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Using socat To Proxy SSL Connections

Written by Matt

socat is a greatly versatile networking tool, though the man page is ridiculous and it's hard to find an example of exactly what you want to do if you search since socat can do so many things, usually the results you get are close but not really what you want.

Something I need to do often is either intercept SSL connections and be able to analyze them on a packet level, or provide SSL capabilities to a program that doesn't support the ability to communicate over SSL / encrypted streams. Here is the socat command to be able to do that:

socat TCP-LISTEN:LPORT,fork openssl:IP:PORT,verify=0

This binds a listening socket to local port LPORT, and tunnels that request through to IP:PORT over an SSL connection. So if this was to proxy an HTTPS request, you would connect to and it would be redirected to domain.com:443 with SSL by socat, but the traffic from the browser to socat would still be in plaintext for you to analyze. You would need to set a custom Host: directive to make sure it all works.

This is also useful if, say, you have written some IRC bot without SSL support, but you want it to be able to connect securely without having to add in that support yourself, and you're not using a language where you can just import ssl, just run the command above with IP/PORT as the IP of IRC server on the SSL PORT, and connect your bot to localhost:LPORT and it will connect securely to the IRC. You would probably want to actually verify the certificate in this case.


Prevent Program From Accessing The Network in Linux

Written by Matt

I've just recently found out Linux supports namespaces on recent kernels, through the program unshare. As the name implies, it unshares namespaces from the parent and allows you to run programs with restricted access.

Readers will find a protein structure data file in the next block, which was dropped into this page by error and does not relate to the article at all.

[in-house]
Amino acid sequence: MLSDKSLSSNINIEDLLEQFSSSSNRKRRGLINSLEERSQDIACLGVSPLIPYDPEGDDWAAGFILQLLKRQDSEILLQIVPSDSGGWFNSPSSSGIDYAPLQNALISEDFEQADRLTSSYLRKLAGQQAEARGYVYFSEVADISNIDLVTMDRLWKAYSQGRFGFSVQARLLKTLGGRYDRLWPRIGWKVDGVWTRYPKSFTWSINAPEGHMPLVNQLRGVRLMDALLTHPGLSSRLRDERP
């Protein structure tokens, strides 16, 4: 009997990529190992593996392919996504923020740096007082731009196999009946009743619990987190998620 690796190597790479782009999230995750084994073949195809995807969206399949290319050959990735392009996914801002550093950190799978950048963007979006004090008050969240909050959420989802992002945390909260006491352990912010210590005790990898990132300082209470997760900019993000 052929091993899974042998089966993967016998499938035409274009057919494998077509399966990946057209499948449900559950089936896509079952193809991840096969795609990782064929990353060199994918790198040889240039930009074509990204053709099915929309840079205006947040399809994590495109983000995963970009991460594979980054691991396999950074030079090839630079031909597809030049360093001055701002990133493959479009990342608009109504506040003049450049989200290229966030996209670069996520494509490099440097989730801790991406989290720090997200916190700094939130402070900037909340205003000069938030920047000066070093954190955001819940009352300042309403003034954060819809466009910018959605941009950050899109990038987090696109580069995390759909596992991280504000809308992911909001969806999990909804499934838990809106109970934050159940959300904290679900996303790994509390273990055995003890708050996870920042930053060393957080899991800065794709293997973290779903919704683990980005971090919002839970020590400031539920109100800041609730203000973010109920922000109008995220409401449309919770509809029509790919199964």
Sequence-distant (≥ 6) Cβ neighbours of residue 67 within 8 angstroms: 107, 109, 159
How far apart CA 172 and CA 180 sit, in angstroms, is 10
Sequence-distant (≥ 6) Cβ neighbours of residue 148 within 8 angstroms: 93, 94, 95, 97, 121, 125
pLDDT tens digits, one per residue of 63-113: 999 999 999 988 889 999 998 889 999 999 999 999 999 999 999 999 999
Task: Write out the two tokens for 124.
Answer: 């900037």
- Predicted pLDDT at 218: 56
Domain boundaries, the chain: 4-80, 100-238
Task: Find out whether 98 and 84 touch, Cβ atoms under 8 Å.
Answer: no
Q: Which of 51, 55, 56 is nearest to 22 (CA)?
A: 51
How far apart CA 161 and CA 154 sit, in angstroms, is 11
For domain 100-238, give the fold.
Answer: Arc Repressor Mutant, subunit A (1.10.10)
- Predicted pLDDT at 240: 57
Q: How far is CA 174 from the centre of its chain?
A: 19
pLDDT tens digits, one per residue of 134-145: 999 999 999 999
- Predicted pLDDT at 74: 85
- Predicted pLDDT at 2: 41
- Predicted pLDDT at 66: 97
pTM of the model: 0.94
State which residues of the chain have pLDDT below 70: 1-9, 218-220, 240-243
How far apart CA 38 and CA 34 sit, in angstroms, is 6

The program can simply be used as follows:

# unshare -n -- ping
connect: Network is unreachable

The '--' signifies that all arguments beyond that point are no longer arguments to 'unshare' but to the program you want to execute and its arguments. As you can see, ping fails to reach even localhost, because this creates a new network namespace (option -n in unshare) that has no devices and no networking setup - it's totally blank.

One problem with this is that you need to run the command itself as root, because to run 'unshare' you need CAP_SYS_ADMIN capabilities, which is basically equivalent to root, but you may not want to run the restricted process as root and certainly not with CAP_SYS_ADMIN capabilities, for obvious reasons (as it will just be able to choose another namespace itself if it wants to). Therefore, you can run the command as follows:

$ su -c 'unshare -n -- su - YOUR_USER -c "ping"'

A little obtuse, but this uses 'su' to run 'unshare' as root, then uses 'su' within unshare's created namespace to demote the privileges down to YOUR_USER, and then runs the command "ping" as YOUR_USER. It can be turned into a script for convenience:


if [ "$#" -ne 2 ]; then
    echo "Usage: nonetwork.sh <user> <command>"

su -c "unshare -n -- su - $1 -c \"$2\""

Save this as nonetwork.sh and place it in /usr/local/bin, and then you can run it as follows: